New VW Polo BlueMotion 2015 review
First-ever petrol version of eco baby promises nearly 70mpg and strong refinement
Fitting the Polo BlueMotion with a 1.0-litre turbo petrol instead of the gruff diesel was always going to result in a more flexible and well rounded package, but it’s fair to say it’s exceeded our expectations. It builds on the car’s strengths of refinement and comfort, making it feel more like a smaller Golf than ever before. Excitement isn’t high on its agenda, but few other superminis offer such a cosseting and refined driving experience allied to excellent build quality and a classy image.
If there’s one word that neatly encapsulates a supermini, it’s versatility. Not only do these cars have to transport up to five people in relative comfort, but they also have to swallow plenty of luggage and be affordable to buy, all while using as little fuel as possible.
It’s new because this is the first time the Polo BlueMotion has been offered with a petrol engine. Under the bonnet sits a 1.0-litre three-cylinder turbo developing 94bhp – in fact, it’s the same basic engine as you’ll find in the dinky up! city car.
Clever packaging makes the engine incredibly compact, and the addition of a turbocharger now means it’s incredibly efficient. VW claims the Polo is capable of 68.9mpg and 94g/km of CO2 – figures you wouldn’t be disappointed by if extracted from a diesel. If you’re particularly thrifty, a 91mpg-plus 1.4-litre diesel is on offer in the Polo – it’s not a special eco model like this – but after trying the new 1.0-litre turbo, you’d need a good reason to overlook it.
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For starters it’s great value, so you’re not paying a premium for its eco credentials, and in being a downsized three-cylinder petrol engine, it’s flexible and refined right across the rev range. When you think you’re in a gear too high, whether that’s crawling through traffic in third or going for an overtake in fifth, a prod of the throttle will yield a notable surge in acceleration, bringing you up to speed with surprising urgency.
What’s missing is that low-end surge of torque you get from the 1.4-litre diesel, but once beyond 1,750rpm the revs spin smoothly all the way to 7,000rpm, accompanied by a muted, sophisticated thrum from the three-cylinder engine.
It’s the added layer of refinement which makes this new BlueMotion model the one to pick, if you’re the type of driver who likes to keep an eye on running costs. From start-up all the way to a motorway cruise, the BlueMotion never raises more than a whisper from the engine. It’s remarkably quiet for such a small car, aided by the well suppressed wind noise and complete absence of tyre roar at speed.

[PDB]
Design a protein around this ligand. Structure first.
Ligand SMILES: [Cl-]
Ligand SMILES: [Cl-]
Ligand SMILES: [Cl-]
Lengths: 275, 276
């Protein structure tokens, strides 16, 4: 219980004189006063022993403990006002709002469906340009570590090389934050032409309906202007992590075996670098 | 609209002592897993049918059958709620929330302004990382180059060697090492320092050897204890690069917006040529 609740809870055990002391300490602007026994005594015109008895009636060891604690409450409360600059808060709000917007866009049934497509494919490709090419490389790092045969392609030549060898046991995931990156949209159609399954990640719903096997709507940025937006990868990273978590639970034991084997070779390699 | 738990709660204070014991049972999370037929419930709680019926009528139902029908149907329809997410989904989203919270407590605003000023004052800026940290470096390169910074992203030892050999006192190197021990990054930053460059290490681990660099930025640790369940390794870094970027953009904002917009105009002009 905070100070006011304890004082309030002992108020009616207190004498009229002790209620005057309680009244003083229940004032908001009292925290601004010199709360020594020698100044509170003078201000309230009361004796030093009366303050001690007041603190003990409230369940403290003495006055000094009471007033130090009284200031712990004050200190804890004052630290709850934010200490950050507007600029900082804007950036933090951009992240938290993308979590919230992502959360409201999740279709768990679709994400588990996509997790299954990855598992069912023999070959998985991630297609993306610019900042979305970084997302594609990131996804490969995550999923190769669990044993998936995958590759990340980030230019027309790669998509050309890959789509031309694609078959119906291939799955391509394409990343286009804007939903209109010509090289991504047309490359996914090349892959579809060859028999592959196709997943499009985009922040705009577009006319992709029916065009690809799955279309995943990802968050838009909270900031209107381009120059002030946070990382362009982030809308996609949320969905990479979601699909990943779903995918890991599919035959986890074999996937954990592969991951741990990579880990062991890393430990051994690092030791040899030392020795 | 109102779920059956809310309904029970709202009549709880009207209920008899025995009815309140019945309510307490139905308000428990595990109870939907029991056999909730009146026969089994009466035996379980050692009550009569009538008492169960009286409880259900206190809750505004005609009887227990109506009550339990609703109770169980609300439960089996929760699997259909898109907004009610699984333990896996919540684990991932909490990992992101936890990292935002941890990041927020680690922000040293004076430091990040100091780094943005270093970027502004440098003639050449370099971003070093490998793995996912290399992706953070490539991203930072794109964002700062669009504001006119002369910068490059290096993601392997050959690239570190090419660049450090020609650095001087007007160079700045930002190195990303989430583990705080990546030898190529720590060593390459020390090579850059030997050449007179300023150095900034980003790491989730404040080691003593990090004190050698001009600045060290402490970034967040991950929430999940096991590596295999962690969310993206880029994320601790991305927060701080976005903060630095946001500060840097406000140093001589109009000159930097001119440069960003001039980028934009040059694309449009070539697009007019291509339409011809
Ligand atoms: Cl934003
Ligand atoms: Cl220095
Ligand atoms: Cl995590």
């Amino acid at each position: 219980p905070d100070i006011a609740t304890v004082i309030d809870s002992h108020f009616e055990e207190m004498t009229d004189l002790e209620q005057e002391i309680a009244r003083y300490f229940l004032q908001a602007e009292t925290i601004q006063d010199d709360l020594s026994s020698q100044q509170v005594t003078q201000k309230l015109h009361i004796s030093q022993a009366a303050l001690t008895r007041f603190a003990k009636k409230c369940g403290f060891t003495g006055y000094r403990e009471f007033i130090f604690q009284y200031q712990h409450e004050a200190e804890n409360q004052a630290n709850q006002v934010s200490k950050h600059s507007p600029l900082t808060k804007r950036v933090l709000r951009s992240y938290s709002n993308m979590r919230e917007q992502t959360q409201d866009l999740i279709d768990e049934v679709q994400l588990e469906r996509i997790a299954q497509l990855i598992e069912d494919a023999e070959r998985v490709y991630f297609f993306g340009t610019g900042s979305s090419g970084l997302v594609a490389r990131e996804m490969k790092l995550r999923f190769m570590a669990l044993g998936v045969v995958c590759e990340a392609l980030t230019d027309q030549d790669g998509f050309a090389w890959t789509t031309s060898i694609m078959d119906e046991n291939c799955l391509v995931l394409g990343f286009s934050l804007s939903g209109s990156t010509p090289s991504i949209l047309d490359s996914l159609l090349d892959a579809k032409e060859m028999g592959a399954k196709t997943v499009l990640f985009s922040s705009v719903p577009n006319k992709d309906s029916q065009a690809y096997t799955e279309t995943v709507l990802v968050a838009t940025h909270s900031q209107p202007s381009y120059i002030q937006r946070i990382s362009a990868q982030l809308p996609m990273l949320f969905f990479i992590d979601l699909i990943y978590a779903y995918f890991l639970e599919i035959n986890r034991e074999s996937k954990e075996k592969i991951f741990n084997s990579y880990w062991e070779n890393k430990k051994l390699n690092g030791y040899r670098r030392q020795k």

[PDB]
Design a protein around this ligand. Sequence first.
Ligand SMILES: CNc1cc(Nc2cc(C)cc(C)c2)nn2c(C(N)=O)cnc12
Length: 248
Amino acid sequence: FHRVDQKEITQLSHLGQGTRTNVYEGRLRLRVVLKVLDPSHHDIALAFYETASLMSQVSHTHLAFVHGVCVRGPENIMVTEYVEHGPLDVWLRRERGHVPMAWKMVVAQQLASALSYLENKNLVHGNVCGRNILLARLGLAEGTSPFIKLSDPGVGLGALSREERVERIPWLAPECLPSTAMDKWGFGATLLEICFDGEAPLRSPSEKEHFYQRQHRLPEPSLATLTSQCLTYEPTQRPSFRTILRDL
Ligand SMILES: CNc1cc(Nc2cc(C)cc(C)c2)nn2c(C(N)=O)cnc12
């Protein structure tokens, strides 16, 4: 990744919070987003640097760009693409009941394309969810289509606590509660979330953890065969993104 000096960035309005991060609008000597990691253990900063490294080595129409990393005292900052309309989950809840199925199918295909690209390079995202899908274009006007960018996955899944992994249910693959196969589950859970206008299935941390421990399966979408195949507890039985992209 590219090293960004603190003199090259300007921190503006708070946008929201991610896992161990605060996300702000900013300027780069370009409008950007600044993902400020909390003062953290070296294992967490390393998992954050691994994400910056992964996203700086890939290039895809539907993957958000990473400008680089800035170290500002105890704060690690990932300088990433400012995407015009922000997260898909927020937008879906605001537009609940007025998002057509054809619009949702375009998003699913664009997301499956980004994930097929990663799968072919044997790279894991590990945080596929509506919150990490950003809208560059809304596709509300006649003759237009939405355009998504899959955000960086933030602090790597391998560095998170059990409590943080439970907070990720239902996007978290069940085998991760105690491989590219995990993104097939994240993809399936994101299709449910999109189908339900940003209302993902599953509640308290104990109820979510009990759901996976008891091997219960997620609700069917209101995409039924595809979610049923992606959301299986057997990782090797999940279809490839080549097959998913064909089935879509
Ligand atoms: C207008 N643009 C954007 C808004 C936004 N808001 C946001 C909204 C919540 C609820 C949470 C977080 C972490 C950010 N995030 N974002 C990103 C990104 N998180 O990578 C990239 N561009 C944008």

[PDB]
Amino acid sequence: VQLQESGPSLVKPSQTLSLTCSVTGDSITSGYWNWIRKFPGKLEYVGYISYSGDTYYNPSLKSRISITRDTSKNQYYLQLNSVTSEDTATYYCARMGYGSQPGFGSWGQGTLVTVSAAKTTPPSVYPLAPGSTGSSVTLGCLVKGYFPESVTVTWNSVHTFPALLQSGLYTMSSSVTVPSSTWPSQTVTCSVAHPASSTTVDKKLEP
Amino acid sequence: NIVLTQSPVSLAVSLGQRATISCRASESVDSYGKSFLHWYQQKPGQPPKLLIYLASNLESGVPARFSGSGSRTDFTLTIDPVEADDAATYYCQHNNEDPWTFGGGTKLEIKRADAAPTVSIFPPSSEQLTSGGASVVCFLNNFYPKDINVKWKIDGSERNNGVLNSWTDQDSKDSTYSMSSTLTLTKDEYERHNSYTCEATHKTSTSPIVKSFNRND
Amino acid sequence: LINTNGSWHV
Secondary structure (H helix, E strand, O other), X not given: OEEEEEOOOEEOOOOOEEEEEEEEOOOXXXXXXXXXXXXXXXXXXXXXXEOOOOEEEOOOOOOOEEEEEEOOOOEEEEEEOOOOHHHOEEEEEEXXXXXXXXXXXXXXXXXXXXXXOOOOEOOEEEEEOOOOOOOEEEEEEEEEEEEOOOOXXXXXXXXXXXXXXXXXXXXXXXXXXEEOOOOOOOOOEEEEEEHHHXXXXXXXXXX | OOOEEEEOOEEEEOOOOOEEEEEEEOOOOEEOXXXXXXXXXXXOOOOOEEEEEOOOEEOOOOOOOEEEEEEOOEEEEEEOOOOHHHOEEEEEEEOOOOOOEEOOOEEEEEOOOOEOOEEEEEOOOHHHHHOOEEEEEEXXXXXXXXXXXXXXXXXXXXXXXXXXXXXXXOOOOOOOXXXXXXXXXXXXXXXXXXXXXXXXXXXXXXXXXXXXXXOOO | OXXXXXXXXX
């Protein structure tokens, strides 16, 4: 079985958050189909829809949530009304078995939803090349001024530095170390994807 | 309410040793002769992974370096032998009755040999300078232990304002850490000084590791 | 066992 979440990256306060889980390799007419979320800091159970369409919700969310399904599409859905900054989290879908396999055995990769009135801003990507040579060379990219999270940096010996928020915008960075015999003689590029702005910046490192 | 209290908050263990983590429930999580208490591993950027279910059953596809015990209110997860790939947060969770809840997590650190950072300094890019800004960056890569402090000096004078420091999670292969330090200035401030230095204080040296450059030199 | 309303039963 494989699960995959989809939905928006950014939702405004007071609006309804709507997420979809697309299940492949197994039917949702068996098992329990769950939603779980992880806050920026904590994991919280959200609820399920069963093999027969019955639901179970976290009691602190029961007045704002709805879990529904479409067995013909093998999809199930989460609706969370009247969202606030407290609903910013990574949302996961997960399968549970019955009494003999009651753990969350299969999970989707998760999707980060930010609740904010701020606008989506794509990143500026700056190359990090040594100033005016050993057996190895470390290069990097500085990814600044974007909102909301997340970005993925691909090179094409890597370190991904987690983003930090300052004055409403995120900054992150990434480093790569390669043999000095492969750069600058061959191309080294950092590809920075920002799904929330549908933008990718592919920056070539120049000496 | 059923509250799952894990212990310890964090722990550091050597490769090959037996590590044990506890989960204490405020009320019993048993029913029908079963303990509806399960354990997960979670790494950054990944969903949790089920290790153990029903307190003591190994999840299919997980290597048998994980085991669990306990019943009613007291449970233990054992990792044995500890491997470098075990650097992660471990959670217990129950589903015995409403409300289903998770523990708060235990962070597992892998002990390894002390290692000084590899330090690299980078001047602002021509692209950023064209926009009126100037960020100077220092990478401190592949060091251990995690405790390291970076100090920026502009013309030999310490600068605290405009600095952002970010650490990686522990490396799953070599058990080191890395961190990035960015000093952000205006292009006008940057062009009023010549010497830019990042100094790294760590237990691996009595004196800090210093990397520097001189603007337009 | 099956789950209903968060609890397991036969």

Nearly 70mpg from a 1.0-litre turbo may appear to be another overly optimistic target from a manufacturer, but after 140 miles over a variety of roads, we managed just shy of 55mpg without any real effort. If you put your mind to it, that 70mpg target could be more achievable than you may think.
A standard five-speed gearbox may appear like a slight drawback, but the longer ratios ensure this car never feels like it’s running out of steam – it’ll comfortably sit at 70mph in fourth, such is the flexibility of the engine. And as ever, gearchanges are short and precise, while the steering is well weighted, consistent and accurate.
The car feels safe and solid rather than spirited, but it has a far more mature character than any of its rivals – never has the Polo felt more like a mini version of the Golf. You only have to travel 50 yards to notice the supple ride and the way it shrugs off imperfections like you’d expect from a model in the class above – largely helped by the smaller 15-inch alloy wheels, which come wrapped in deeper-sidewalled rubber.
Other visual changes to the BlueMotion are minor, but there are enough to mark you out as someone who prefers mpg to bhp. The blanked-off front grille, subtle aero bodykit and unique 15-inch alloys all help the Polo cut through the air as cleanly as possible.
There’s nothing to mark it out once behind the wheel, but the BlueMotion is based on the S-spec Polo, so every model comes as standard with a multifunction leather steering wheel, DAB radio, air-con, a front centre armrest and cruise control. You also get a touchscreen infotainment system, which features a ‘Think Blue’ mode to train you to drive more economically.
Being a Polo, the newcomer is also immensely practical for such a small car. It’s available as a three or five-door, and offers plenty of space for adults sitting in the back, while the 280-litre boot increases to 952 litres once you fold the rear bench.